2019 women in a mission
Egypt "Ify" Ufele
Egypt “Ify” Ufele responded to the bullying she regularly experienced in elementary school with a metaphorical one-two punch. In January 2015, she launched (with the help of her mother) Chubiiline: a collection of caps, backpacks and T-shirts emblazoned with anti-bullying slogans like “No hate just love” and “No kid should ever feel bad about how they look.” The items are for sale via Ify’s website and have so far netted more than $30,000. She’s also taken her creativity—and her message—to the runways, with a second line of clothing for curvy girls and women that features bold colors and African-inspired prints. “My dad is from Nigeria,” she said, “and when I visited there I fell in love with the fabrics.” The pieces have been shown in New York and Philadelphia and on the West Coast. Ify hopes the collection will be available in stores soon.
All of this has transformed the once-bullied sixth-grader into a high-profile advocate. Her story has been covered by the Today show, NY1, People.com and Teen Vogue. Next month, she’ll spend her holiday break in Nigeria, helping to raise funds to build schools and design school uniforms; and she’s slated to unveil fresh Chubiiline looks during February’s New York Fashion Week. The schoolyard bullies have mostly been silenced, Ify says, and these days her classmates are more likely to approach her saying, “Hey! I saw you on TV!”
Ladies of Curly Girl Collective
Our Mission Is To Create Innovative Experiences That Harness The Energy Of The Natural Hair Movement And Showcase The Best Brands For Modern Women Of Color.
Curly Girl Collective is an experiential marketing group that specializes in multicultural beauty. Our events find unique ways to connect the latest products and brands to our network of fans and influencers, and create fun spaces for women of color to celebrate their natural beauty.
Suzzanne Douglas is an award-winning actress of both screen and stage, whose work has lead her through all walks of creative life. Driven by her desire to constantly grow as an artist, Suzzanne has developed a canon of enigmatic and complex roles and hopes to encourage younger artists to do the same.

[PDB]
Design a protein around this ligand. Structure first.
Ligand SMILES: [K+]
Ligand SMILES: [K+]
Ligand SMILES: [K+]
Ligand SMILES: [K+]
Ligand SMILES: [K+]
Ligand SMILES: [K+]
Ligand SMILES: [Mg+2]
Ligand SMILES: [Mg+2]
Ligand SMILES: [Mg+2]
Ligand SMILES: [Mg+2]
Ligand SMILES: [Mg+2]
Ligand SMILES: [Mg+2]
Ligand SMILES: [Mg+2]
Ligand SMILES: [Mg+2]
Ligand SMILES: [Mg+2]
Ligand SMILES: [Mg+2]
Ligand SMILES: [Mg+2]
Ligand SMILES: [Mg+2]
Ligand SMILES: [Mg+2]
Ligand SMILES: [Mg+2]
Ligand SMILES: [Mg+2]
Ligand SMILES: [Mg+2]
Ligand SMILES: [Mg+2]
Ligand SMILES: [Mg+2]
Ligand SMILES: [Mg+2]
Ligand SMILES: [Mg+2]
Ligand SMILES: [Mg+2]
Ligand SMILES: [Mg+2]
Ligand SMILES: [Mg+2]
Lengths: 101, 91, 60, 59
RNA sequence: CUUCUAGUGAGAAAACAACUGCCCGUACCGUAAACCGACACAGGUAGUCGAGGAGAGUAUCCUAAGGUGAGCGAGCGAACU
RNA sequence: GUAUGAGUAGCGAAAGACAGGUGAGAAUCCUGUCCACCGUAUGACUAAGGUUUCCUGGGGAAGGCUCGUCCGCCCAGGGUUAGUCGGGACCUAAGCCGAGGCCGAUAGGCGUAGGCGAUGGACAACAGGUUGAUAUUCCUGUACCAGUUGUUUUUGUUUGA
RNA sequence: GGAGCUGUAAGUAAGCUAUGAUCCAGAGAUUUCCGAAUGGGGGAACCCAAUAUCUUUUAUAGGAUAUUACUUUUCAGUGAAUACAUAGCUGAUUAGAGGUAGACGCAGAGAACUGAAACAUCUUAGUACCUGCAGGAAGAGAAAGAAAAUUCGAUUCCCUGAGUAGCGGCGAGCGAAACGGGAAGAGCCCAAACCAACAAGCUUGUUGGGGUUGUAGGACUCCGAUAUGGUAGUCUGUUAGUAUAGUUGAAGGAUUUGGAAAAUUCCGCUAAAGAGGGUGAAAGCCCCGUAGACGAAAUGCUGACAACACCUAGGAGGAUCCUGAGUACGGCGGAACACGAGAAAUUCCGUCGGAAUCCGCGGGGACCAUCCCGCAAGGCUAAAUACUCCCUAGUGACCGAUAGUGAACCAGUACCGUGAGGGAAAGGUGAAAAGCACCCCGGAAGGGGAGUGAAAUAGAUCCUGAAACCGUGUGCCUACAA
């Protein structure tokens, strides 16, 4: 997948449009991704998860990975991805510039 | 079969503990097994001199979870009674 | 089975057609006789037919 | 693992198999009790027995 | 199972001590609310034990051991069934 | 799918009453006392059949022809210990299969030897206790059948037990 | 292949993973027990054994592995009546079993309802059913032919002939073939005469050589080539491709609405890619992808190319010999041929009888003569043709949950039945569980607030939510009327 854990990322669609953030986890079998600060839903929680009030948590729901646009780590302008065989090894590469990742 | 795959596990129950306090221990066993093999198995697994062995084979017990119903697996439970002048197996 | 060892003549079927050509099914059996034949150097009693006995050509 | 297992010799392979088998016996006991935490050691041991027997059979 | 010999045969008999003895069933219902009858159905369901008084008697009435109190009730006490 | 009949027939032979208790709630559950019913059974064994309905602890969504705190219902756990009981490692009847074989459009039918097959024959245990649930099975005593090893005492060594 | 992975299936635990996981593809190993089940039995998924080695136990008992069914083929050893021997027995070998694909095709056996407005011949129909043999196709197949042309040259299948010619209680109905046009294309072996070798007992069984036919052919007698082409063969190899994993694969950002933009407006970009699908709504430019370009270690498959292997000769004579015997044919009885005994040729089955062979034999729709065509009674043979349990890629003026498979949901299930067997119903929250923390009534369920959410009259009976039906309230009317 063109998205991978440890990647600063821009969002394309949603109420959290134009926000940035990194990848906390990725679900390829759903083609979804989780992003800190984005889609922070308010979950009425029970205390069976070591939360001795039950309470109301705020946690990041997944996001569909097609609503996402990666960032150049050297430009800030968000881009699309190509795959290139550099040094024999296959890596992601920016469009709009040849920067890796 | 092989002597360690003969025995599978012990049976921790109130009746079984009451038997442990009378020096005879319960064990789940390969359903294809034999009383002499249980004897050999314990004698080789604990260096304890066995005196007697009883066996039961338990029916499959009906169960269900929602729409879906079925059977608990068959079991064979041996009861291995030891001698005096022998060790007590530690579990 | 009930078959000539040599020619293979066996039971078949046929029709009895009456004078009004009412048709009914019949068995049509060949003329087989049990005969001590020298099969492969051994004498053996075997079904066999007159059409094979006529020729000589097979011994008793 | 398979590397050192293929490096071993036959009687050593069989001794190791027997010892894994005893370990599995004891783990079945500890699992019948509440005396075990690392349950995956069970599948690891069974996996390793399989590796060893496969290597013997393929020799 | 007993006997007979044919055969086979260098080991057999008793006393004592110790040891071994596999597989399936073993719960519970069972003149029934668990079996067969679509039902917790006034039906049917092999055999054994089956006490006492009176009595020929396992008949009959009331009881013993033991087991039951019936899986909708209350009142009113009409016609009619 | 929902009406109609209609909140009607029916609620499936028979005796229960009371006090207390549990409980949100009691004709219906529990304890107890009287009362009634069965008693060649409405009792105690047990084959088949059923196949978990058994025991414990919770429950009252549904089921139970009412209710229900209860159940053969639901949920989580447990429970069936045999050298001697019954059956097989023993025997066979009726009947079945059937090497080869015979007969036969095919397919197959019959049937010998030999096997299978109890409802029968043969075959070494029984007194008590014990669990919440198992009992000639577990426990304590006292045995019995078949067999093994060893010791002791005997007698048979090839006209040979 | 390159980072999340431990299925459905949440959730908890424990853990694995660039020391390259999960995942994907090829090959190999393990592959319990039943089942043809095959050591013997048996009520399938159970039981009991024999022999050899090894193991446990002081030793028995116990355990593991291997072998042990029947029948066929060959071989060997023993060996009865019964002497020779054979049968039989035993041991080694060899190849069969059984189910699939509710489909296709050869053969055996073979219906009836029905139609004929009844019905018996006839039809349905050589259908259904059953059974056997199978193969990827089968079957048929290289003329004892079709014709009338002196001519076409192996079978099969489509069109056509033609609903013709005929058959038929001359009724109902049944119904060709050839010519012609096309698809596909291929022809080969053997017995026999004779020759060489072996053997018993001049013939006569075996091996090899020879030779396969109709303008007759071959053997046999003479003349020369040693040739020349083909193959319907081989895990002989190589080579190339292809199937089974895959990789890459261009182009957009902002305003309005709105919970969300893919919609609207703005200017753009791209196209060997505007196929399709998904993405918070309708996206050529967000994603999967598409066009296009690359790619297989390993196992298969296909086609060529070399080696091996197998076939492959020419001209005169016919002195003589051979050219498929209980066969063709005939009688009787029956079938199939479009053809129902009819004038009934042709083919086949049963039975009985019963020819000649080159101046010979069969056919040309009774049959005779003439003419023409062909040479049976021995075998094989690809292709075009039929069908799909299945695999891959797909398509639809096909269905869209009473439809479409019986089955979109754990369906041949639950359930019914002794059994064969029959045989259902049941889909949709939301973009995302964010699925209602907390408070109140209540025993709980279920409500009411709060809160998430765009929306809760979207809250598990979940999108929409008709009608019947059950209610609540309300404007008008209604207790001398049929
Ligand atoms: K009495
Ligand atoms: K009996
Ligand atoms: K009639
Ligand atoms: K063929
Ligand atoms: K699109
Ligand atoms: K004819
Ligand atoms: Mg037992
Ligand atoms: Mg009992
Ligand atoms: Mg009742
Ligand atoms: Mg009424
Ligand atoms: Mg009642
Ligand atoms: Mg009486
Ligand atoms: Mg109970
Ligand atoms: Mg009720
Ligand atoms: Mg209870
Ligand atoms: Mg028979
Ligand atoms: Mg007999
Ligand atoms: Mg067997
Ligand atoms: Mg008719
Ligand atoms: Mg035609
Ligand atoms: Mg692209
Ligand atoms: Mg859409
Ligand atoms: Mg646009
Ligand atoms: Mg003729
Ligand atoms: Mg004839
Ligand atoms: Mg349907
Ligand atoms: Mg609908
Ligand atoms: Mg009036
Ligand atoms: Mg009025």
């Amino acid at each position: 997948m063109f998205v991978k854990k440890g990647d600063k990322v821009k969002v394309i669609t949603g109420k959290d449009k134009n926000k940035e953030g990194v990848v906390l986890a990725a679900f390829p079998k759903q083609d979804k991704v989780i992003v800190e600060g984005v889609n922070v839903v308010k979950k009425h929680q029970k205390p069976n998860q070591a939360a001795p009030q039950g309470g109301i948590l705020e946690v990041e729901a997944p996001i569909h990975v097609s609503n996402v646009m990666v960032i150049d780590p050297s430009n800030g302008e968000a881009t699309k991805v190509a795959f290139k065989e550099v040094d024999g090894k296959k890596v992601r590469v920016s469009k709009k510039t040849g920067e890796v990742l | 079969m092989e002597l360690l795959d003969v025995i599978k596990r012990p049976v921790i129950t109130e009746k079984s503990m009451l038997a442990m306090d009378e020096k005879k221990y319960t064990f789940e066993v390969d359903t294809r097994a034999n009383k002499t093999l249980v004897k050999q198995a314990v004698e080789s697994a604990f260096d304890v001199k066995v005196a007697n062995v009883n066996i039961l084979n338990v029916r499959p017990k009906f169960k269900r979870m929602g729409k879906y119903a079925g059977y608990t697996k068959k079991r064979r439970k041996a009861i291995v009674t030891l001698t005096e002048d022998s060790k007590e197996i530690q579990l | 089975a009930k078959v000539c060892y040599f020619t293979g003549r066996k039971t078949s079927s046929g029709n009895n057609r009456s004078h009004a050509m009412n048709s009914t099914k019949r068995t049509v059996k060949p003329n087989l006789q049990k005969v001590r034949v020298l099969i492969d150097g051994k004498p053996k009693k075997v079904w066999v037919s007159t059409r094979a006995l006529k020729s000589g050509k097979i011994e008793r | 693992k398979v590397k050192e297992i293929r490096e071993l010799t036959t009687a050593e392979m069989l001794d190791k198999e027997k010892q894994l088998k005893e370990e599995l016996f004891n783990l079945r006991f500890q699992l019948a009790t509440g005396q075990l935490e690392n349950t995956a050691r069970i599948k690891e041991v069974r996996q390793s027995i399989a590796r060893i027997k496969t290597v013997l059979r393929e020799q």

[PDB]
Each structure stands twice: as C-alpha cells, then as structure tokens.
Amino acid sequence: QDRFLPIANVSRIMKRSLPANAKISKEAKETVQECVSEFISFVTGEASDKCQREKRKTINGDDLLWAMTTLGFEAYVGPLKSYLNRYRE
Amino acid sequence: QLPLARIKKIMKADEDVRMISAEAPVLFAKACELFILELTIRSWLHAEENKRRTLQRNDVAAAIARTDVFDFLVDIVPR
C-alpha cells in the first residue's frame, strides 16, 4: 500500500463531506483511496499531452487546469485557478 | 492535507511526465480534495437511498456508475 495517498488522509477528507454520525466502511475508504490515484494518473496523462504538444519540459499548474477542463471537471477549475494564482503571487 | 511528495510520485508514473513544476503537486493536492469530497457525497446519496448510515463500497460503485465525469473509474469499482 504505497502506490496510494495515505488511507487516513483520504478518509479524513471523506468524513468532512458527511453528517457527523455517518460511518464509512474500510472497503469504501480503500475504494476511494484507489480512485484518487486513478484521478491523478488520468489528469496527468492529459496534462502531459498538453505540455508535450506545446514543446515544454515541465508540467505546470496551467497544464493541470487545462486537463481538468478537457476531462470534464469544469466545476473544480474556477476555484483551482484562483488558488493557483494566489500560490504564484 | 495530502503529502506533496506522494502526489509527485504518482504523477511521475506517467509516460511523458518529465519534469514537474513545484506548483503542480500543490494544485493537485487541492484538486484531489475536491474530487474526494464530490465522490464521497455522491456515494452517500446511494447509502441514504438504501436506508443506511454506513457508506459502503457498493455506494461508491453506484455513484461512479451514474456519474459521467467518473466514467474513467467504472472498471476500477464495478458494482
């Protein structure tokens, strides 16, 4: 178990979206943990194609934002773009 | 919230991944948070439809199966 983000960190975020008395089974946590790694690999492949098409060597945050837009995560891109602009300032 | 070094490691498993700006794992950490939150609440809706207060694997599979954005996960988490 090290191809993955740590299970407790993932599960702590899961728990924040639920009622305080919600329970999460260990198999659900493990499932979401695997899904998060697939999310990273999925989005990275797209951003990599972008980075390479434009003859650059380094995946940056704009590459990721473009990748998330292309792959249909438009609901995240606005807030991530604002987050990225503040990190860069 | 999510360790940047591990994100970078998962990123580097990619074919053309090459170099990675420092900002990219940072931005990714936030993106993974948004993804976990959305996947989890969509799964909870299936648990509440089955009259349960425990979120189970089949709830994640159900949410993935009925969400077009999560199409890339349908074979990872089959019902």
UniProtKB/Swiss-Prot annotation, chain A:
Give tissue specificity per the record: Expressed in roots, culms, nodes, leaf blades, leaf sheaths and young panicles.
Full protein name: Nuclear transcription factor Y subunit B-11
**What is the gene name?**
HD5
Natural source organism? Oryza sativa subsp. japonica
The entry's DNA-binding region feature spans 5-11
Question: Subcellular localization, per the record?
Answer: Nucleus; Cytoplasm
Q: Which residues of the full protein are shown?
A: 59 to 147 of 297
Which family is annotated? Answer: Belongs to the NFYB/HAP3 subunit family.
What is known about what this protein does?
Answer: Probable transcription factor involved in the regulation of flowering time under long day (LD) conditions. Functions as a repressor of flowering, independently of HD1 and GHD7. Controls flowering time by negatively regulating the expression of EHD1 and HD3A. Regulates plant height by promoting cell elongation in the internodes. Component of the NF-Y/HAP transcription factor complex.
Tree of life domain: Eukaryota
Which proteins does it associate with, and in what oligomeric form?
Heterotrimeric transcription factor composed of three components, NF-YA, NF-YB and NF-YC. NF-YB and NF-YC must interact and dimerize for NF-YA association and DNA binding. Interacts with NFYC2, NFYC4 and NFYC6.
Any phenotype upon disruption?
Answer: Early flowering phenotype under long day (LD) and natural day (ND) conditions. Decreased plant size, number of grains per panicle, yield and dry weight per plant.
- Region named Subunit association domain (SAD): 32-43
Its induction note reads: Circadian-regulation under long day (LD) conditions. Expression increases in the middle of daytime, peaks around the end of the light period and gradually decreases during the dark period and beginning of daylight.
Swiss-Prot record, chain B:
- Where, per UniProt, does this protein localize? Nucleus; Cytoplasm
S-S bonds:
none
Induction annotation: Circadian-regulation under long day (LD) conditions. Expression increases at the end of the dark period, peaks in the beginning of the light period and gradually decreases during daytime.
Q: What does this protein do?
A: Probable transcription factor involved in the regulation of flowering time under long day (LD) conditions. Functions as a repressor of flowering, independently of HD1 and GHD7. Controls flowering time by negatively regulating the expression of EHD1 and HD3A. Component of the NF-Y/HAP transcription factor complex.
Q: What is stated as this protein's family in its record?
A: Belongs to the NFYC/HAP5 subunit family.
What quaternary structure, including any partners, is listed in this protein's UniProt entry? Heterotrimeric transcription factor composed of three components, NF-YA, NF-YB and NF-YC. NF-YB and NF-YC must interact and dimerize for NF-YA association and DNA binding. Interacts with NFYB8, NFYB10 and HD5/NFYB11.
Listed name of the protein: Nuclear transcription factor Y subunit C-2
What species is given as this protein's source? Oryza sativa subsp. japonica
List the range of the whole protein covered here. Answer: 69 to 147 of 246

Suzzanne will be appearing later this year in the Ava DuVernay limited run series, Central Park Five, on Netflix. On stage she recently played Dorothy Brock in 42nd Street at the Drury Lane Theater, and starred in the Baltimore Center Stage Theater’s production of Les Liaisons Dangereuses, and George Street Playhouse’s American Son. Other theater credits include The Tap Dance Kid, Night in Tunisia, Julius by Design, The Drowning Crow, Crowns, Women of Brewster Place, and Arthur Laurent’s, Hallelujah, Baby!, which Laurent re-wrote especially for her. Suzzanne was also the first African-American to play the role of Dr. Bearing in the Pulitzer Prize winning play, Wit at the George Street Playhouse.
Kyndra Frazier is a Licensed Master Social Worker in the state of New York, as well as a certified Field Instructor through Columbia University School of Social Work. She is an ordained Baptist Clergywoman, serving as the Associate Pastor of Pastoral Care and Counseling at First Corinthian Baptist Church, and the Executive Director of the church’s free mental wellness facility, The HOPE Center, both located in Central Harlem. Kyndra is an emerging filmmaker, currently working on A Love Supreme: Black, Queer and Christian in the South documentary, her first foray into filmmaking. She is using film to foster healing opportunities for the many thousands of people who have lost family and friends due to Christian fundamentalism and the impact of religious trauma. She holds a Master of Divinity degree from Candler School of Theology, Emory University, as well as a Master of Social Work from Columbia University in the City of New York. Her research interests include Religious Trauma Syndrome and the intersections of mental health, identity, and religious fundamentalism.